Higher temperatures and increased atmospheric carbon dioxide (CO2) levels resulting from climate change are thought to have stimulated tree growth and in turn greater carbon storage.
But trees that grow faster have shorter lifespans, according to a global analysis published in the journal Nature Communications, and that could have ramifications for carbon storage predictions.
While this growth-lifespan trade-off has been observed before in some tree species, the study is the first to show that it’s a “universal phenomenon” occurring across virtually all species and all climates, says lead author Roel Brienen from Leeds University, UK.
Forests have provided a vital carbon sink during recent decades as the globe has warmed, especially tropical forests such as the Amazon. However, Brienen and colleagues found previously that carbon accrual there had declined by a third since the 1990s.
This prompted them to explore the relationship between tree growth and longevity in as many species as possible, using tree rings.
“By measuring tree rings’ widths one can tell how fast trees grew, while counting rings provides information on tree ages and allows making inferences about trees’ maximum lifespan,” Brienen explains.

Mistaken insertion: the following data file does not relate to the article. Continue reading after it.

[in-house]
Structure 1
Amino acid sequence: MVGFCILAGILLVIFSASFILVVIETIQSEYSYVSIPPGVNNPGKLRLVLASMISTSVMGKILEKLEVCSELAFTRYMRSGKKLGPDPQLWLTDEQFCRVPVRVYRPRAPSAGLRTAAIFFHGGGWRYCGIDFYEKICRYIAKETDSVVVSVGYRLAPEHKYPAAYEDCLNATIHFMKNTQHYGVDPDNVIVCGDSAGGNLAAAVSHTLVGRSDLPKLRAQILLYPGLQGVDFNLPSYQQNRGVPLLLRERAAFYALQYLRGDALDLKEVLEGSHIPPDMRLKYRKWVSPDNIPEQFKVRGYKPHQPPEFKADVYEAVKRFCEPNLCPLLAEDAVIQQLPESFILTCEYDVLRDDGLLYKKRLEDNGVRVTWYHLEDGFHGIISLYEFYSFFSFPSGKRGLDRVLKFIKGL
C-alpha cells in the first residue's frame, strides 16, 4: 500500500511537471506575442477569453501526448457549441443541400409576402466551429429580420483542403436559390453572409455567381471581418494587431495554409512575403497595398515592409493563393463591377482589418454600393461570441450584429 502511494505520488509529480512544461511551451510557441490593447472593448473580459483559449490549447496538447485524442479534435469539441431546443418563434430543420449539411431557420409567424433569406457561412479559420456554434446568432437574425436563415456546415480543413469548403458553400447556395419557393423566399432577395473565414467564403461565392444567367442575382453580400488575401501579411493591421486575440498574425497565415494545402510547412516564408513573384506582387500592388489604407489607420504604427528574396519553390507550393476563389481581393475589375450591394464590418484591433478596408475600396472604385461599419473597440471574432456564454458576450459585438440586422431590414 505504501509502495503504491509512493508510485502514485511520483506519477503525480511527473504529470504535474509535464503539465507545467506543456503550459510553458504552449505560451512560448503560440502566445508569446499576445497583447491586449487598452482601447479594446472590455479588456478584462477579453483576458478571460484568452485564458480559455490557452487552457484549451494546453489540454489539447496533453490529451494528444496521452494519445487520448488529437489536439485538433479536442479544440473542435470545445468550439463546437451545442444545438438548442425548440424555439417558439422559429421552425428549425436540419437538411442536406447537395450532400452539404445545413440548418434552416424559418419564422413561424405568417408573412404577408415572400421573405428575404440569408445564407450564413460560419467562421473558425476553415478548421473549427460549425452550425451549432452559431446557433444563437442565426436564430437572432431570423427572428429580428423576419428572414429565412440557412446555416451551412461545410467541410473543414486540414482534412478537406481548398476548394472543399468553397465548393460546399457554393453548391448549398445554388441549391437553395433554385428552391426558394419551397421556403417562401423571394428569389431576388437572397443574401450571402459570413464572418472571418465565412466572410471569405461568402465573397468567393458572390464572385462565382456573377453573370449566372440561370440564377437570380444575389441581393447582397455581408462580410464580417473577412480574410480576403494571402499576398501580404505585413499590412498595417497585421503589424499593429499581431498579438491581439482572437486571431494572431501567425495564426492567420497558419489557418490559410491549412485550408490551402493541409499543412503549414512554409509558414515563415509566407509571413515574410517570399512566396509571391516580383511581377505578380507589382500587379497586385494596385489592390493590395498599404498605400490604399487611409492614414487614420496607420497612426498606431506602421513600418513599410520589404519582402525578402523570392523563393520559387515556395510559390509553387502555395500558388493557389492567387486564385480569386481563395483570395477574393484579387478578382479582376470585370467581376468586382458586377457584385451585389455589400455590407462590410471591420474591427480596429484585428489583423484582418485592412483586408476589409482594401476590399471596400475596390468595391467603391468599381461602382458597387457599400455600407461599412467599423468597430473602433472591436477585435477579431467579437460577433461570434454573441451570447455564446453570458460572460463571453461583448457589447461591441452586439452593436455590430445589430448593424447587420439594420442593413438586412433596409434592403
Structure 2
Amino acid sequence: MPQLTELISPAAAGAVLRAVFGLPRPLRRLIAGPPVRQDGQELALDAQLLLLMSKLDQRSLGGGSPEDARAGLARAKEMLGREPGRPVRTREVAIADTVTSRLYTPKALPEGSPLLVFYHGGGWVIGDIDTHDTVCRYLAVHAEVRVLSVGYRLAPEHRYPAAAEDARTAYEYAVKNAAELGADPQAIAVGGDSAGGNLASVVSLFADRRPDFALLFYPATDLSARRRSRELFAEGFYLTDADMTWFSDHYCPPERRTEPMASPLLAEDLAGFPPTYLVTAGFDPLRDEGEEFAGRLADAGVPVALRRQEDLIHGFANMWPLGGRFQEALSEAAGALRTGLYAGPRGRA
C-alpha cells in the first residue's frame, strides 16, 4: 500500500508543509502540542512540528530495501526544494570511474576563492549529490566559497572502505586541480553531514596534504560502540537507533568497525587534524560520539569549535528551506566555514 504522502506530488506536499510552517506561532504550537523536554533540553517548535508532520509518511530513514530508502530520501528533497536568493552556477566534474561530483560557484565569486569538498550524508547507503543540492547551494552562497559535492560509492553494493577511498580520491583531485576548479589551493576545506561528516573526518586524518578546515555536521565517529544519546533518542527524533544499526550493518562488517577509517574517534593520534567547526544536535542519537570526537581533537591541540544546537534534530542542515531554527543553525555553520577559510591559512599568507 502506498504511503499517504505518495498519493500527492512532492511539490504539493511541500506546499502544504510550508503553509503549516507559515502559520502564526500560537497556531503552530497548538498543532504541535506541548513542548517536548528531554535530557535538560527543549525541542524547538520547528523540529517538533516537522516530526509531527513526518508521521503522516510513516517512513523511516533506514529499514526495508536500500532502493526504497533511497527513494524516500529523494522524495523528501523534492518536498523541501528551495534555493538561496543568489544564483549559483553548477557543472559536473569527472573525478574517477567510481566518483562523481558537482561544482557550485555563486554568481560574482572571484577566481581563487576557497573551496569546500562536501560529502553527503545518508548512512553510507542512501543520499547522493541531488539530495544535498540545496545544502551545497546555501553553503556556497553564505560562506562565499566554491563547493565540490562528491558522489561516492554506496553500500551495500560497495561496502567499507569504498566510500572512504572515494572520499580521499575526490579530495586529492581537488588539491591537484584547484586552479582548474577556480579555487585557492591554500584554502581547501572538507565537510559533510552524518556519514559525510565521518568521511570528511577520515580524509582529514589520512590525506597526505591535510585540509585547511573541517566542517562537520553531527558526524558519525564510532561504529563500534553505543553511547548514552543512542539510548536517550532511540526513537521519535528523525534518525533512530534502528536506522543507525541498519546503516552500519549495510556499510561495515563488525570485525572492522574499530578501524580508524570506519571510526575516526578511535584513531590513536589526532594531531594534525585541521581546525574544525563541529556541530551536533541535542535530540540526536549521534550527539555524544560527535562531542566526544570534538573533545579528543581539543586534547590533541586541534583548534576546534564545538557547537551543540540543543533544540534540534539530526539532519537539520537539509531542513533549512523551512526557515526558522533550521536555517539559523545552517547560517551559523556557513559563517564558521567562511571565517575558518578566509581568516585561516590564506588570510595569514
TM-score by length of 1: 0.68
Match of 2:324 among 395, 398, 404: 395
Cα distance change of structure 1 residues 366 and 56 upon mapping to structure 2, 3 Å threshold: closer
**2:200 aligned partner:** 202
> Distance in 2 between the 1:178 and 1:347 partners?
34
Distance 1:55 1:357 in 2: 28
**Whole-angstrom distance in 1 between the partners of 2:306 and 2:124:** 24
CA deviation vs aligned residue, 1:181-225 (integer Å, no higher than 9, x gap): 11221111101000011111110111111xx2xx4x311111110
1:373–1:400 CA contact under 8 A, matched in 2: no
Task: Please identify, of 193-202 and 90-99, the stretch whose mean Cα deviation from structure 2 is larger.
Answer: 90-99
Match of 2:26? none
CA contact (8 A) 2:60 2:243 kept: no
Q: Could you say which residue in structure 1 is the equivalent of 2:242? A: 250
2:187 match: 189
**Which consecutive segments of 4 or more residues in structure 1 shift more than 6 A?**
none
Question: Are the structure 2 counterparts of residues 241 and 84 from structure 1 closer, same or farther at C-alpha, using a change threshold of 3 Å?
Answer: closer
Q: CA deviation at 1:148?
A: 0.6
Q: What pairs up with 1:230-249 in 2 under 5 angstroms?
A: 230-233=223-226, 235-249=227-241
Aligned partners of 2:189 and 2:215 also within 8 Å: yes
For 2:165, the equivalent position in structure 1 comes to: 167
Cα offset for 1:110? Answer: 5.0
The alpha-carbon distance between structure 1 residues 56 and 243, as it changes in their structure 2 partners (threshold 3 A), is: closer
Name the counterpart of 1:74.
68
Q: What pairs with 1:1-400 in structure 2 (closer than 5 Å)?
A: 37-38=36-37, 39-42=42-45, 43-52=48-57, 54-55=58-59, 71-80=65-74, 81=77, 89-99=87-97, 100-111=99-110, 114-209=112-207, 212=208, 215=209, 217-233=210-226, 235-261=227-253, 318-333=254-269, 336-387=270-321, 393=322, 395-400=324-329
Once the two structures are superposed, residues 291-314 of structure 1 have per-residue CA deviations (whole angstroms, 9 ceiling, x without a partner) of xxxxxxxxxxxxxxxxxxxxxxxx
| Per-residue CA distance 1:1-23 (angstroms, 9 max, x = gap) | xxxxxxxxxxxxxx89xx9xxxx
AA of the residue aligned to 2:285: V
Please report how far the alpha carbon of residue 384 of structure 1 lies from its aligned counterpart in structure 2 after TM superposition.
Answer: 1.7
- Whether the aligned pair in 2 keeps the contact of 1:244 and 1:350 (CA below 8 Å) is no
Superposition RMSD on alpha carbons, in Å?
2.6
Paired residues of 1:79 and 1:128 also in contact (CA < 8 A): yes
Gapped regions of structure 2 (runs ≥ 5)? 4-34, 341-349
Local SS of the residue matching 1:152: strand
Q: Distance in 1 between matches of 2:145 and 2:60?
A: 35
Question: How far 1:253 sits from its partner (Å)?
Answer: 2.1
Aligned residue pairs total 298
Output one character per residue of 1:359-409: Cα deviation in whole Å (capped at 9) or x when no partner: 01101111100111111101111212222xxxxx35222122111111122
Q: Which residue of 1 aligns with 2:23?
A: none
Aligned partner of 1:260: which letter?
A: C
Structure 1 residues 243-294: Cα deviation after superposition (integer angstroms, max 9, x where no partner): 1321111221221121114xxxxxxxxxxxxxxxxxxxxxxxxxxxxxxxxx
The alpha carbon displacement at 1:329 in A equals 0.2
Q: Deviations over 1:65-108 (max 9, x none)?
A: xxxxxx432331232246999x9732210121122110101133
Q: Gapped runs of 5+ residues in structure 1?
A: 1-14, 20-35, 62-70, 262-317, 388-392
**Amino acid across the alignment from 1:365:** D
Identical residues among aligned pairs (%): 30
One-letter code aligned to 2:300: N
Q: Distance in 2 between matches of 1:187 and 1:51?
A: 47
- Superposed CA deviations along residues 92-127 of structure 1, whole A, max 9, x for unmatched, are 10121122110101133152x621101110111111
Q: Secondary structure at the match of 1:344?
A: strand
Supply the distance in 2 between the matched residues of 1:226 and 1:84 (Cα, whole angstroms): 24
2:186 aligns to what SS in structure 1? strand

The team analysed more than 210,000 individual tree ring records for 110 diverse tree species from more than 70,000 sites around the world, ranging from the tropics to the Arctic. Results showed that, on average, tree lifespan dropped “exponentially” by 23% for a 50% increase in early growth.
The analysis linked the trade-off directly to shortened life span from accelerated tree growth, ruling out direct effects of environmental factors like temperature and soil type.
Dramatic increases in tree mortality could result from reaching maximum potential size, the team suggests. Rapid growth could also weaken tree defences against insects or disease or cause them to grow less densely, thus compromising their water transport systems.
There is likely to be a lag between increased carbon uptake as trees grow rapidly and carbon release as they die, eventually reversing any carbon storage gains and dampening hopes for the future capacity of the terrestrial carbon sink.
“Data-driven simulations show that trade-offs have the potential to reduce, or even reverse the global carbon sink of forests in the future,” Brienen and colleagues write in their paper.
“Extant Earth system model projections of global forest carbon sink persistence are likely too optimistic, increasing the need to curb greenhouse gas emissions.”